HM Revenue and Customs Brief 09/14 - Bitcoin
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Issued 3 March 2014
Tax treatment of activities involving Bitcoin and other
Purpose of this Brief
This brief sets out HM Revenue & Customs (HMRC)
position on the tax treatment of income received from, and charges made
in connection with, activities involving Bitcoin and other similar
cryptocurrencies, specifically for Value Added Tax (VAT), Corporation
Tax (CT), Income Tax (IT) and Capital Gains Tax (CGT).
Anyone making charges or otherwise receiving income, in
whatever form, from activities involving Bitcoin (or other
- Bitcoin miners
- Bitcoin traders
- Bitcoin exchanges
- Bitcoin payment processers
- Other Bitcoin service providers
Bitcoin is seen as the world's first decentralised digital
currency, otherwise known as a 'cryptocurrency'. The advent of
cryptocurrencies such as Bitcoin is a new and evolving area and
determining their legal and regulatory status is ongoing.
Cryptocurrencies have a unique identity and cannot therefore be
directly compared to any other form of investment activity or payment
HMRC understands that Bitcoin operates via a peer to peer network,
independent of any central authority or bank. All functions such as
issue, transaction processing and verification are managed collectively
by this network. All Bitcoin transactions are recorded in a shared
public database called a 'block-chain'. New Bitcoin is produced when a
new block is attached to the chain. A new block can only be added to
the chain when the answer to a complex cryptographic algorithm is
solved. Participants in this activity are known as ‘miners’.
As well as mining, activities include the buying and selling of Bitcoin
and providing exchange facilities for parties to trade Bitcoin with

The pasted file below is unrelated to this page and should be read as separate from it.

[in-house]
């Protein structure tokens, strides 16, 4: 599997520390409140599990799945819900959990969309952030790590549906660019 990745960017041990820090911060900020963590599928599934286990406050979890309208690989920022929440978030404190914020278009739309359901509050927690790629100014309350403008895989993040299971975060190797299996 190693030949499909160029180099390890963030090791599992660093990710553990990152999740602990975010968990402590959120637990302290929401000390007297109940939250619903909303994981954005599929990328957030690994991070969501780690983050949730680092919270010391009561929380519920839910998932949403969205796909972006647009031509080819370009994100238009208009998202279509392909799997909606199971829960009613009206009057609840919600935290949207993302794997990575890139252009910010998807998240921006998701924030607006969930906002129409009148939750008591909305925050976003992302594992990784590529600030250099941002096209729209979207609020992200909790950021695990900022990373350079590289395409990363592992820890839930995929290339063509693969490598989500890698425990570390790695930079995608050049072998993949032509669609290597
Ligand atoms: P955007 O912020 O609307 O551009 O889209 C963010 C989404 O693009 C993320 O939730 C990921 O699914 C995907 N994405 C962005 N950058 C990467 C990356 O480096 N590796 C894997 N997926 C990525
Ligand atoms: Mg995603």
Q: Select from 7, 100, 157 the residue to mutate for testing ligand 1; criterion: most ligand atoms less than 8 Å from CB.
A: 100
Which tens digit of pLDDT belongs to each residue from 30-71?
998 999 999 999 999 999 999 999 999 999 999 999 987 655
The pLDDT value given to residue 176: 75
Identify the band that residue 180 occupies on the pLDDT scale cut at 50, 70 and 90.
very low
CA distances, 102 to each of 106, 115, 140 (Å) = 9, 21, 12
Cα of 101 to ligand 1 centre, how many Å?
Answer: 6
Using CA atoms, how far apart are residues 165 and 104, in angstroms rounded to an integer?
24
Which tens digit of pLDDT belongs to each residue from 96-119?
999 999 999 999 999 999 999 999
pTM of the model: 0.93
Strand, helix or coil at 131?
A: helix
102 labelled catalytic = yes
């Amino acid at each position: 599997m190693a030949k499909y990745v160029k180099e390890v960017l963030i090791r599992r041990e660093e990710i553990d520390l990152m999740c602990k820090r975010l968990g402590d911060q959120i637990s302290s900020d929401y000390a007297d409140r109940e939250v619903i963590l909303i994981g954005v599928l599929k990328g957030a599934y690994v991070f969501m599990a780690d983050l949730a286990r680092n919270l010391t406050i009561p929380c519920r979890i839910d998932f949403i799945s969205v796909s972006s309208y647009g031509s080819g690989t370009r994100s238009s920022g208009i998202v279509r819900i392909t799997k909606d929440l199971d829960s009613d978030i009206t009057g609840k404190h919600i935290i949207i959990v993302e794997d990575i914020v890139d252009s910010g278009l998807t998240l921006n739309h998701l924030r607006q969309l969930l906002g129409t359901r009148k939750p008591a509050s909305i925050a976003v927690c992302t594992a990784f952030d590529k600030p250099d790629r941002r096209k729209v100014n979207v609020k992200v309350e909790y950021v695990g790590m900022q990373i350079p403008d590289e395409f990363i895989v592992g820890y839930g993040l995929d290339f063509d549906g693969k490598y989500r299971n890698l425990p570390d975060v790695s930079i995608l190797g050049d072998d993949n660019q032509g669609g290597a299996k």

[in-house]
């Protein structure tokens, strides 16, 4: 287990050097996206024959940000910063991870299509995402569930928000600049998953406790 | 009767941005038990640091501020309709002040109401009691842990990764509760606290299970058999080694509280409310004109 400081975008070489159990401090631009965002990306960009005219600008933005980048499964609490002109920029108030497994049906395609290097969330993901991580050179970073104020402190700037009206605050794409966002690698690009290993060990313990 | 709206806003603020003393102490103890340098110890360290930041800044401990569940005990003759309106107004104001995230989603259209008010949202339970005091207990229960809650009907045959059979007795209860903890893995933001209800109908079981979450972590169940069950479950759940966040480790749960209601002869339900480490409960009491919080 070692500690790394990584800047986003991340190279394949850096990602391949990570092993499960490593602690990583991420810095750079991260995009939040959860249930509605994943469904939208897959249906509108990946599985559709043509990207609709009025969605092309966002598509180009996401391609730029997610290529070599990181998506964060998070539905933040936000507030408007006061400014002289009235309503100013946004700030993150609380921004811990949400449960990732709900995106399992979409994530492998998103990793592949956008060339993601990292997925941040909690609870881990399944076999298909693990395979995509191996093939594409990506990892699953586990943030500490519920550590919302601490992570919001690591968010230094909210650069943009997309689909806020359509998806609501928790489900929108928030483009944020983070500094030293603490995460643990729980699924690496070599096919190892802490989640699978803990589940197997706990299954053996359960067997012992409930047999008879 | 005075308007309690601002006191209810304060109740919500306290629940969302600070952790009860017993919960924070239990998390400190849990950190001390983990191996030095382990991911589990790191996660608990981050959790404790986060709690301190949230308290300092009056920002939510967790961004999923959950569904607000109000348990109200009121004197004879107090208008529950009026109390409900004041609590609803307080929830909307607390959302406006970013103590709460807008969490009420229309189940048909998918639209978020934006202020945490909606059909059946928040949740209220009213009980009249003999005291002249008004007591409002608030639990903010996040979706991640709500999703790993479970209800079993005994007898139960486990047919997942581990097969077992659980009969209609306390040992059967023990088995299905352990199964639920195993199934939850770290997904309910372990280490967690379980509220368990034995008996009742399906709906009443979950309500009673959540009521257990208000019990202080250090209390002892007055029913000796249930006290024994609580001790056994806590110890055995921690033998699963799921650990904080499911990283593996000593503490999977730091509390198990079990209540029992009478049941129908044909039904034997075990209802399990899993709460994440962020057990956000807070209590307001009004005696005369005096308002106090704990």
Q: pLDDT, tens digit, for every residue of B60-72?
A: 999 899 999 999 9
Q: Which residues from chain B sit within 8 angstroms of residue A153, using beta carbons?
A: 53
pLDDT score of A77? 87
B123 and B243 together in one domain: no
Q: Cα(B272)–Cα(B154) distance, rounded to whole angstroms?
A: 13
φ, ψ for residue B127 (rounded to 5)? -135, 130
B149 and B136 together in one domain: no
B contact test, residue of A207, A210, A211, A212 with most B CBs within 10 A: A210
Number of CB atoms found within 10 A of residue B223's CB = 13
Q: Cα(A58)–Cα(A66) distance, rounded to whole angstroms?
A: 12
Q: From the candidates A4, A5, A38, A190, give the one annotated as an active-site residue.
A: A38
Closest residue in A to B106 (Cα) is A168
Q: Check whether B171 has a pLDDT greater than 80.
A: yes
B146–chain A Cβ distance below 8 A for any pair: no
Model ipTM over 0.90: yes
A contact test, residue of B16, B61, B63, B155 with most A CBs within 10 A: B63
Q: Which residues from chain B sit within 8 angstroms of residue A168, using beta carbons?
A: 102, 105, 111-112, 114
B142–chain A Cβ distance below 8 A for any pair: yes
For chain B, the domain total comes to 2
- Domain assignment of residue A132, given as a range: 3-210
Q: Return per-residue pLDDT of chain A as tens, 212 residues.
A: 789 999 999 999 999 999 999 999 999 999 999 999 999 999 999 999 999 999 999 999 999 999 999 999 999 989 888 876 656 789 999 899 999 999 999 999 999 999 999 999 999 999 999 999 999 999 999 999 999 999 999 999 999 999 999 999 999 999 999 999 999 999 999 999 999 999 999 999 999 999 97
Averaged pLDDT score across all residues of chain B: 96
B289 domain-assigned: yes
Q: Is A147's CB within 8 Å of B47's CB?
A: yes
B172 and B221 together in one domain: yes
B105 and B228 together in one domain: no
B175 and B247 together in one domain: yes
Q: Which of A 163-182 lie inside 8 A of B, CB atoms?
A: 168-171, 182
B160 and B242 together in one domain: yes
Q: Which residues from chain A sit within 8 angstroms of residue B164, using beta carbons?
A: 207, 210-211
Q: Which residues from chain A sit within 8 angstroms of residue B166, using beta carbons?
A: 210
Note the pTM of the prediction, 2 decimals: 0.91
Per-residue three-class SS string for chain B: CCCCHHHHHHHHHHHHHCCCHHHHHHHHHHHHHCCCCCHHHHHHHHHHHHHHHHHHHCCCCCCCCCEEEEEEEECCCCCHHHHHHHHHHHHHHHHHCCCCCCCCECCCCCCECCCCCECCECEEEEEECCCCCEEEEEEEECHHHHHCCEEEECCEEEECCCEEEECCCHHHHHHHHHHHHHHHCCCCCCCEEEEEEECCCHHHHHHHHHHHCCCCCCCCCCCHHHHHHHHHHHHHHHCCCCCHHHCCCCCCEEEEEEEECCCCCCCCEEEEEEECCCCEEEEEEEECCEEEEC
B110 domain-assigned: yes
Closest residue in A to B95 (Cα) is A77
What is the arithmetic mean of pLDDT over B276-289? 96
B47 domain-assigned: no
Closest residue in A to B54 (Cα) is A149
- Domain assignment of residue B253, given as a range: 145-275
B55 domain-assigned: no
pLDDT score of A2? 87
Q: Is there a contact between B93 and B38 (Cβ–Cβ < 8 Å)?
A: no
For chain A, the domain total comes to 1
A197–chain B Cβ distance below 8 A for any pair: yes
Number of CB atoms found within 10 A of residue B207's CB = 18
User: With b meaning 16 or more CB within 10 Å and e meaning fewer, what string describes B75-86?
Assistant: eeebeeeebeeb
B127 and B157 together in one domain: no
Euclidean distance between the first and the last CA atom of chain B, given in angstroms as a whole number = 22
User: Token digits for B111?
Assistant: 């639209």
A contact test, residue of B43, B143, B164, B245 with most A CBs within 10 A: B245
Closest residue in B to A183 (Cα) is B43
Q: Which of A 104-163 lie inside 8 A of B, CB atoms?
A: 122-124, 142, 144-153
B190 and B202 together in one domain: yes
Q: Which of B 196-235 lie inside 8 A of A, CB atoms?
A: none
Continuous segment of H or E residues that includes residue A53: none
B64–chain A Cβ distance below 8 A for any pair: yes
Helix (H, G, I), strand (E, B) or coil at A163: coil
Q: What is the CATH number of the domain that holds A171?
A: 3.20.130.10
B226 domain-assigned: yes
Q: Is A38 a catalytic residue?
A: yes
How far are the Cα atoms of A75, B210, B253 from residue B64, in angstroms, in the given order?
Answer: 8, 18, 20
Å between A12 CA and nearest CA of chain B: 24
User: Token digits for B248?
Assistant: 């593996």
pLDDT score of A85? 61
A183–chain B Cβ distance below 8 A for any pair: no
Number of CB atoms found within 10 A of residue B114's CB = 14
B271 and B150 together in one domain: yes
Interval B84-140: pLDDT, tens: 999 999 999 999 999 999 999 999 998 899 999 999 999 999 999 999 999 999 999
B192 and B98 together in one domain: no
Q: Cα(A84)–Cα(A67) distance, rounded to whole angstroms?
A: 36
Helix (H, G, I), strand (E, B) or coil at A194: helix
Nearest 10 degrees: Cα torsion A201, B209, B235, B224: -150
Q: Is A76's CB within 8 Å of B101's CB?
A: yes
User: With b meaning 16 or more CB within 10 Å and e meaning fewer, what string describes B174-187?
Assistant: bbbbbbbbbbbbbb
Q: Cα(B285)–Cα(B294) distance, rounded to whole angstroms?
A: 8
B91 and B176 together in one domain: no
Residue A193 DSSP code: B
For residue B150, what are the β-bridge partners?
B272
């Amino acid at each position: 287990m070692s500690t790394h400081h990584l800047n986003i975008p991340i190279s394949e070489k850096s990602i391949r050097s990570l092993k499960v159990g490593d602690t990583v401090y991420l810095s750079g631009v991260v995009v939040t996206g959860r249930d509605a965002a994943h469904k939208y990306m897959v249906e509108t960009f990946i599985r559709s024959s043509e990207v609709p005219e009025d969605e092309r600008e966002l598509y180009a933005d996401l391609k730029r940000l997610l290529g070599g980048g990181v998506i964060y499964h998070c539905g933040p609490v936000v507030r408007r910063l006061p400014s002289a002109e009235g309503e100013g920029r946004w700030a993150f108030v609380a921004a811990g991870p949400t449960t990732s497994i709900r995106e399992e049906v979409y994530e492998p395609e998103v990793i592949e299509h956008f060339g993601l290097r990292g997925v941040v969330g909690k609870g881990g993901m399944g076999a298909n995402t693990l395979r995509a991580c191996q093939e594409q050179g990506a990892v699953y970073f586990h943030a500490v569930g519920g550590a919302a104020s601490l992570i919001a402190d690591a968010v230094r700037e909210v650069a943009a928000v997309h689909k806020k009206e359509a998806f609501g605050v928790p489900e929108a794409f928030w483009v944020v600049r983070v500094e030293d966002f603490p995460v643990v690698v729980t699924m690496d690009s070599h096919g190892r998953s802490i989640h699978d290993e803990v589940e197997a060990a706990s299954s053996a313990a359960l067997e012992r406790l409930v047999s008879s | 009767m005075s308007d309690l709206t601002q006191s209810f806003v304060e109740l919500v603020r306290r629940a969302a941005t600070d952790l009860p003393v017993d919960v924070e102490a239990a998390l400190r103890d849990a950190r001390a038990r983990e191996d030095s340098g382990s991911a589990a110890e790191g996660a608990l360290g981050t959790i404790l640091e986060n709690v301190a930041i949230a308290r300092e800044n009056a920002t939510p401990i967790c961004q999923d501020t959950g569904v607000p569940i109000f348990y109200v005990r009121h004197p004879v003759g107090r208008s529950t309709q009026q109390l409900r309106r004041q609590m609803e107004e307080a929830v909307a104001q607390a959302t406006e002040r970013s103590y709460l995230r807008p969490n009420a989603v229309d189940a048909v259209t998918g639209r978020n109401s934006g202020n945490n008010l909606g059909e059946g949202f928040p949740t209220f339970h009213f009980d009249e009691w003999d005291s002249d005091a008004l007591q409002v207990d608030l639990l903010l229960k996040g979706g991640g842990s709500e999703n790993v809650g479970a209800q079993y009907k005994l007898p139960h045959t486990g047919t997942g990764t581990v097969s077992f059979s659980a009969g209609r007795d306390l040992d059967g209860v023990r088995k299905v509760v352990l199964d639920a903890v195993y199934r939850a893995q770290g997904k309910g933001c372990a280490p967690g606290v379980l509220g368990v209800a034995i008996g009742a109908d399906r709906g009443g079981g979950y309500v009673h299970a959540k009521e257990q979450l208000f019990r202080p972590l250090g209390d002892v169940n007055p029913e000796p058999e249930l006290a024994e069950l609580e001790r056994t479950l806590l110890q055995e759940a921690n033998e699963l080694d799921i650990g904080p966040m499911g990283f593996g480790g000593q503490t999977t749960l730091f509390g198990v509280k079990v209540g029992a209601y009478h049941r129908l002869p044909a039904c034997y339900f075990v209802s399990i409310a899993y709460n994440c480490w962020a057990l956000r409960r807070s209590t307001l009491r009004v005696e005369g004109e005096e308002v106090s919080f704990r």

recognised currencies. Bitcoin may be held as an investment or used to
pay for goods or services at merchants where it is accepted. In the UK,
there are already a number of outlets, including pubs, restaurants and
internet retailers, that accept payment by Bitcoin.
VAT treatment of Bitcoin and similar cryptocurrencies
As an EU tax, the VAT treatment for cryptocurrencies adopted
by the UK must be consistent with any treatment that may eventually be
implemented across the EU.
Given this, the evolutionary nature of these cryptocurrencies and the
legal and regulatory environments in which they currently operate, this
brief outlines HMRC’s provisional VAT treatment pending further
developments; in particular, in respect of the regulatory and EU VAT
position. Taxpayers can rely on the VAT treatment outlined below unless
and until HMRC announces any changes. Any changes will not apply
For VAT purposes Bitcoin and similar cryptocurrencies will be
treated as follows below, this in no way reflects on how they are
treated for regulatory or other purposes:
- 1.Income received from Bitcoin mining activities will
generally be outside the scope of VAT on the basis that the activity
does not constitute an economic activity for VAT purposes because there
is an insufficient link between any services provided and any
- 2.Income received by miners for other activities, such as
for the provision of services in connection with the verification of
specific transactions for which specific charges are made, will be
exempt from VAT under Article 135(1)(d) of the EU VAT Directive as
falling within the definition of 'transactions, including negotiation,
concerning deposit and current accounts, payments, transfers, debts,
cheques and other negotiable instruments.'
- 3. When Bitcoin is exchanged for Sterling or for foreign
currencies, such as Euros or Dollars, no VAT will be due on the value
of the Bitcoins themselves.